New Poll Shows Americans Believe E-Cigarettes Are More Dangerous Than Cannabis

Results of the poll show Americans think consuming weed isn’t as bad as drinking alcohol, smoking tobacco or vaping nicotine.
New Poll Shows Americans Believe E-Cigarettes Are More Dangerous Than Cannabis

Public opinion is lining up behind cannabis, according to a new poll of 1,007 people by POLITICO and Harvard University. Only 20 percent of U.S. residents told researchers that they believe marijuana is very harmful to users. Perhaps even more surprising, half of respondents said alcohol is “very harmful,” a full 52 percent said the same of e-cigs, and 80 percent gave analog cigarettes the “very harmful” classification.

“Ten years ago, we were jailing people for marijuana,” said Robert Blendon, a Harvard professor who administered the poll. “Now people see this as not essentially very harmful.”

The poll was conducted in early October by the website POLITICO and Harvard’s T.H. Chan School of Public Health. POLITICO concluded that the study’s timeline suggests the recent wave of vaping-related lung injuries has not hurt cannabis’ reputation significantly.

Despite the fact that the Centers for Disease Control and Prevention found that over 80 percent of the vaping products had been used by lung injury victims, political response has largely been focused on e-cigarettes, and more specifically the flavored products that many say are contributing to the skyrocketing rates of teen vape use.

Changing Views Of Cannabis

Perhaps this trend of more amenable views towards cannabis has to do with a rising familiarity with the drug itself. 11 states and the District of Columbia now have legal weed. When you include the total that have regulated some form of medicinal cannabis, that number rises to 33 states. And not surprisingly, the spread in availability is coinciding with an uptick in marijuana usage.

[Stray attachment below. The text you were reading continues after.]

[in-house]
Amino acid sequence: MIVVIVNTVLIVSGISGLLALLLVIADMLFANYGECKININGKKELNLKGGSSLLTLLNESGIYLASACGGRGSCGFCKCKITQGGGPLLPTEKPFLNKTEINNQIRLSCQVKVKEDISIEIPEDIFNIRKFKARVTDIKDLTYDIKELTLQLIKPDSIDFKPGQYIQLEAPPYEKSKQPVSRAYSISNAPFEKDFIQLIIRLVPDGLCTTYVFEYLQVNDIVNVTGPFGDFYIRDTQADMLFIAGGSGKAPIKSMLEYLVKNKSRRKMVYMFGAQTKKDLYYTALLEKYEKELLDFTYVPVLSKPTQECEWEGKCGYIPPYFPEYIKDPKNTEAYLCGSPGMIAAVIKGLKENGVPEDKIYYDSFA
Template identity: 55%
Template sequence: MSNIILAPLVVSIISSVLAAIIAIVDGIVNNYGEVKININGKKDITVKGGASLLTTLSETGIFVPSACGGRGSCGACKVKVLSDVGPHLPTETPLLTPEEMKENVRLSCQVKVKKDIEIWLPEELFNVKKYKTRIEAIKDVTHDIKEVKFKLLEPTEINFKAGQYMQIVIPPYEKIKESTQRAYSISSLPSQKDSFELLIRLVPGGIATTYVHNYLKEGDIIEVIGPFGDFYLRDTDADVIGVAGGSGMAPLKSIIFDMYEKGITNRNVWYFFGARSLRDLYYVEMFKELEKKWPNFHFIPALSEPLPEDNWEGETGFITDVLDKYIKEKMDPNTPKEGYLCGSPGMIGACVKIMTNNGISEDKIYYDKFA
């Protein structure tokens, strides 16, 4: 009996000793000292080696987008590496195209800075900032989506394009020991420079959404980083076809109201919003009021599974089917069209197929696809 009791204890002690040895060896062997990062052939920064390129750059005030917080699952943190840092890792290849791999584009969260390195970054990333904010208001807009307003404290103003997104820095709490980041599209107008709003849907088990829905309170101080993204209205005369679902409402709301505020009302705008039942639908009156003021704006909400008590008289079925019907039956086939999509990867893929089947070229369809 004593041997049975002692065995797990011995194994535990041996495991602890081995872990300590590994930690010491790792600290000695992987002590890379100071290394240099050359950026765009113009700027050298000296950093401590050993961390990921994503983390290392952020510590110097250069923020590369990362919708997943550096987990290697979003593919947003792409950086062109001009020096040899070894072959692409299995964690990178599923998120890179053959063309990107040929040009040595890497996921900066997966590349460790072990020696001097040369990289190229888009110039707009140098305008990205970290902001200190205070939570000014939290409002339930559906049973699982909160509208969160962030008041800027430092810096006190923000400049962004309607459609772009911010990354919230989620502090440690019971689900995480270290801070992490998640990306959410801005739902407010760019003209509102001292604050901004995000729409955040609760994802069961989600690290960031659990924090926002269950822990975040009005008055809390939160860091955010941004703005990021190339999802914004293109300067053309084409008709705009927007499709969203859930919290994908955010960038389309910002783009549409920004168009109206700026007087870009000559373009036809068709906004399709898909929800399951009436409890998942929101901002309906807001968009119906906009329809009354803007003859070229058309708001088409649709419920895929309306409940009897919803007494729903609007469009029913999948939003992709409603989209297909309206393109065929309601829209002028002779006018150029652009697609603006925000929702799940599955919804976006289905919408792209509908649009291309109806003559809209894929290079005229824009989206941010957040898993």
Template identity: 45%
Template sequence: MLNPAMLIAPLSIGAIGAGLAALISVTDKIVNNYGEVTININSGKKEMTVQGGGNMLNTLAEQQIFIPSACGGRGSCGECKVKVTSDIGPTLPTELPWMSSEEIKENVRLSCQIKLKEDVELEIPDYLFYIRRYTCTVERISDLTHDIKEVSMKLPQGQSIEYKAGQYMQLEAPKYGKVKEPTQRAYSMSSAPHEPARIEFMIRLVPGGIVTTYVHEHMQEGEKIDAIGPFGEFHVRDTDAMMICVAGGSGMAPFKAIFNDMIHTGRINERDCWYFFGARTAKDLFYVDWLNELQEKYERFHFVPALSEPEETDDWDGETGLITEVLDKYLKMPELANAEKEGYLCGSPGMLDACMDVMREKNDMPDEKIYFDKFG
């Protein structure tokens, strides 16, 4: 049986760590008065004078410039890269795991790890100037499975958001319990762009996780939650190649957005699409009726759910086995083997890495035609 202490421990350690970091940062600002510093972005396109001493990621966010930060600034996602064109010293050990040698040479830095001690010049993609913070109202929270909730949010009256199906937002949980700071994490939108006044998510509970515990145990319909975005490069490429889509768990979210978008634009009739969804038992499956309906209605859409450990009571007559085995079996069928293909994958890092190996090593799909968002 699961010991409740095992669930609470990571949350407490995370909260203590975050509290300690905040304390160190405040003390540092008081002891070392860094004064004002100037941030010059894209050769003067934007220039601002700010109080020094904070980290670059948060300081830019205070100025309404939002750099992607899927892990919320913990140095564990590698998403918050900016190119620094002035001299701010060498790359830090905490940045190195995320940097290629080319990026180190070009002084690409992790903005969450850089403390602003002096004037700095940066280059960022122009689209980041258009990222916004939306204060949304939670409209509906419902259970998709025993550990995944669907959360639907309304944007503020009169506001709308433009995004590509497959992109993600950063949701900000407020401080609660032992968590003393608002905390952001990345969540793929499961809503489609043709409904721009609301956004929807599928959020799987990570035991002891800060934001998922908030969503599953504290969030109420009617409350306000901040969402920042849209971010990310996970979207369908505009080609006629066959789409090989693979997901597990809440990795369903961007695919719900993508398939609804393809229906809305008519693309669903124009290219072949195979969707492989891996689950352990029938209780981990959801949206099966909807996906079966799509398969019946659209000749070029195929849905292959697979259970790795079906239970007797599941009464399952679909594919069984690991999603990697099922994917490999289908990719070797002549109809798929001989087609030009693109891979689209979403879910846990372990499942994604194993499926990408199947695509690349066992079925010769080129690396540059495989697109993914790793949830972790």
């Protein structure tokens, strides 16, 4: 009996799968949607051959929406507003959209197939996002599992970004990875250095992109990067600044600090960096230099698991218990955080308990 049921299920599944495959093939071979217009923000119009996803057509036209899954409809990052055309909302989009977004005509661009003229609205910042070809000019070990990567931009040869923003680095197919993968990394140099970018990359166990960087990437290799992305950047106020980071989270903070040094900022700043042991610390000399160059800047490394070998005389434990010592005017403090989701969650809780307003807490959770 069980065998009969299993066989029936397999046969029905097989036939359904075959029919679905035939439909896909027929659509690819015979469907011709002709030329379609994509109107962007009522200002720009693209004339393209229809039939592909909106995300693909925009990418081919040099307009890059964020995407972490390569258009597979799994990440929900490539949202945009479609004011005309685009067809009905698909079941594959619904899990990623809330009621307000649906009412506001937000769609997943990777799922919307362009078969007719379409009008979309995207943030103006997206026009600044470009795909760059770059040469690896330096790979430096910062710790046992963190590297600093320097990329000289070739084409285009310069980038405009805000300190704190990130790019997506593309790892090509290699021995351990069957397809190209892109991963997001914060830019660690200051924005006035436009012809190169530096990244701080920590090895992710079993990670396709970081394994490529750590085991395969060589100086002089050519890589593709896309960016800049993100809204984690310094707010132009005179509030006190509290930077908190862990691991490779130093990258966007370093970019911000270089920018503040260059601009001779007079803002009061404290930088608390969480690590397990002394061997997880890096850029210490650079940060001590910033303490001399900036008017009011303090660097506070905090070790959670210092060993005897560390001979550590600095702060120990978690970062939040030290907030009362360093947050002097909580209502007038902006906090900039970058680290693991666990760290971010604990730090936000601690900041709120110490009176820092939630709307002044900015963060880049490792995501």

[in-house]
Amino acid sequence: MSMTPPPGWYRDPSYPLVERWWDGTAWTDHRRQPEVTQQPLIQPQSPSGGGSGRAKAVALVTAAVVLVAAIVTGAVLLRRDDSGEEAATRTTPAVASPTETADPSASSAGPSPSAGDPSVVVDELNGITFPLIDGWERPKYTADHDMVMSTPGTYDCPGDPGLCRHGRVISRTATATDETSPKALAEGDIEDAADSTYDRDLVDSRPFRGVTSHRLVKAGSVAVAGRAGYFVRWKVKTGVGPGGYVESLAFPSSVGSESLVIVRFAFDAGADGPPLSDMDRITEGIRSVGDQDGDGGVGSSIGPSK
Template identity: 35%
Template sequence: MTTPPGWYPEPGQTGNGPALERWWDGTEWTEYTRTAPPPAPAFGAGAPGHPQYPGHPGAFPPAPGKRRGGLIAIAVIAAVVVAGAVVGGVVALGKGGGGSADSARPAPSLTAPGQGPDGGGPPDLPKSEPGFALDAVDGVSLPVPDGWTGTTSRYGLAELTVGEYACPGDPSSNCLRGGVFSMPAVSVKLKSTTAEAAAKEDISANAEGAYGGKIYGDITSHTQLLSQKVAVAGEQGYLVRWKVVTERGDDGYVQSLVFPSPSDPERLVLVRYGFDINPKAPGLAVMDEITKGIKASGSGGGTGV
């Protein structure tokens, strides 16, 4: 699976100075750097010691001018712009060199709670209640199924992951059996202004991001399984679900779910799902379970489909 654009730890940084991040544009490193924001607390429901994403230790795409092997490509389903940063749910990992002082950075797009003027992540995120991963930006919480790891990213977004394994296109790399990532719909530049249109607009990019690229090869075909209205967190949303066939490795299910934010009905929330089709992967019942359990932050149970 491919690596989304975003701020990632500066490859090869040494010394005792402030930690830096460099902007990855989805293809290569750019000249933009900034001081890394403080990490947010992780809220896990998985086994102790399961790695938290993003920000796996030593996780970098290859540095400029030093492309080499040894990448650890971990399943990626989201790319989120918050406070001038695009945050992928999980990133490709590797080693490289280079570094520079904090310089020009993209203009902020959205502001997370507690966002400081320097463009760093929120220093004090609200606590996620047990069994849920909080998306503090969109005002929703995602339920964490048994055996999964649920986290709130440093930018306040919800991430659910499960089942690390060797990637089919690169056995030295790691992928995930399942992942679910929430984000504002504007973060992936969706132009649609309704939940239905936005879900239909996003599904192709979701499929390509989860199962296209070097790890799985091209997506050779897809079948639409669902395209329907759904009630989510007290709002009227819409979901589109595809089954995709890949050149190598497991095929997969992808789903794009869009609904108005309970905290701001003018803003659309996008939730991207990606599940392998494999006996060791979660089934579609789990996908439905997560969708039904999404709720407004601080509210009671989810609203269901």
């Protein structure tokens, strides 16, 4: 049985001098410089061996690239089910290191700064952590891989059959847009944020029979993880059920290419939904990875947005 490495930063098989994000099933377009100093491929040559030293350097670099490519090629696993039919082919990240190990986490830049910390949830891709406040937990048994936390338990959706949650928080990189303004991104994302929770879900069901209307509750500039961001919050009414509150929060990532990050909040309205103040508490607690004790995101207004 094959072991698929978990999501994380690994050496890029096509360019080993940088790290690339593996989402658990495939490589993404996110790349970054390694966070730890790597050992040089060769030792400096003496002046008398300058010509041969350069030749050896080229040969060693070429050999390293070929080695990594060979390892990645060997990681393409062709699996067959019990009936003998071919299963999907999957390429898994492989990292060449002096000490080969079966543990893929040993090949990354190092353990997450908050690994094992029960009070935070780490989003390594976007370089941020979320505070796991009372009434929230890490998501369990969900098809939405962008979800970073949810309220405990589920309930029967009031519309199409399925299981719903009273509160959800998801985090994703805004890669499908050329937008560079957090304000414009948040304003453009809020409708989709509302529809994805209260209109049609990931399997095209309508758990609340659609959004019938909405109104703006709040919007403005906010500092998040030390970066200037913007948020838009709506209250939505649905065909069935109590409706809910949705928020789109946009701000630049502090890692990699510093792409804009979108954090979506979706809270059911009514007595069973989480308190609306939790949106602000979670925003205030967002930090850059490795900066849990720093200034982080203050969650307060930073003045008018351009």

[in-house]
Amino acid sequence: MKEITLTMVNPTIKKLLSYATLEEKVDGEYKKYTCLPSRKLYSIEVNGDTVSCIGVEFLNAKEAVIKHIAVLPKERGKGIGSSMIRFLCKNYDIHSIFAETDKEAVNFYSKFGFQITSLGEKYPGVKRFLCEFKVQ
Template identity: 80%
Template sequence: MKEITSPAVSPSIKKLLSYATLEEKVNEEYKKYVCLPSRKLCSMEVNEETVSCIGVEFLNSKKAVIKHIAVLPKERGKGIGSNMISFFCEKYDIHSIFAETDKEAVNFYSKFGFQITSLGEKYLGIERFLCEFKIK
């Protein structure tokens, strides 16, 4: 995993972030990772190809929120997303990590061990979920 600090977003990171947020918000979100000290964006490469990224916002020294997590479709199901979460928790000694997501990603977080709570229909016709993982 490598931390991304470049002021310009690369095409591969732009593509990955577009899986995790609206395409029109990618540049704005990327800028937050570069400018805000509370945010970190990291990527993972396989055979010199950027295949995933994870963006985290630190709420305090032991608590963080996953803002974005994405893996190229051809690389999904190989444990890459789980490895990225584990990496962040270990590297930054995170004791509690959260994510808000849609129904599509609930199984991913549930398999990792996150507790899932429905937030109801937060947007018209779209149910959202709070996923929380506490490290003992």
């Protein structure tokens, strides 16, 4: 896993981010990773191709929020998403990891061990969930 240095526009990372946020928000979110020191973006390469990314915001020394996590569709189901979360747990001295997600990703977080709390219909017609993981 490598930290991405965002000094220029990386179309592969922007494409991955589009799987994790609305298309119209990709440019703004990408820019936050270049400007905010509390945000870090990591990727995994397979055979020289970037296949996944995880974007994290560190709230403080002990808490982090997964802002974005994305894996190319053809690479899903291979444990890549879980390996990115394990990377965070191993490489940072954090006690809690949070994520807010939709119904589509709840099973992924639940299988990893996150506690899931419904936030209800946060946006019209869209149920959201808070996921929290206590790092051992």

In July, Gallup published a poll that found almost as many U.S. residents had smoked marijuana over the previous week as a cigarette. That same study found that cigarette use had plunged to its lowest rates in 75 years.

Support for marijuana legalization in the United States, as we all know, is on the rise. In 2009, just 44 percent of U.S. residents supported regulating cannabis. But surveys conducted this year have found that the number has risen. In March, the General Social Survey found that 61 percent of respondents were in favor of cannabis regulation.

The poll shows that a divide still exists between Democrats and Republicans on the issue, though it may not be as large as you think. A full 45 percent of Republicans are on board with cannabis legalization, a number that rises to 73 percent when Republicans were asked whether CBD products should be readily available in drugstores.

Half of the survey participants said that they were familiar with CBD, but of those, few were concerned about its effects—only five percent, compared to eight percent of total respondents.

Indeed, it would appear that CBD, a relatively new cannabinoid to hit retail markets, has gotten the green light from U.S. residents. A full 13 percent of both Republicans and Democrats said that they use CBD products, an assertion that seems apt given the products’ availability everywhere from mall stores to gas stations.

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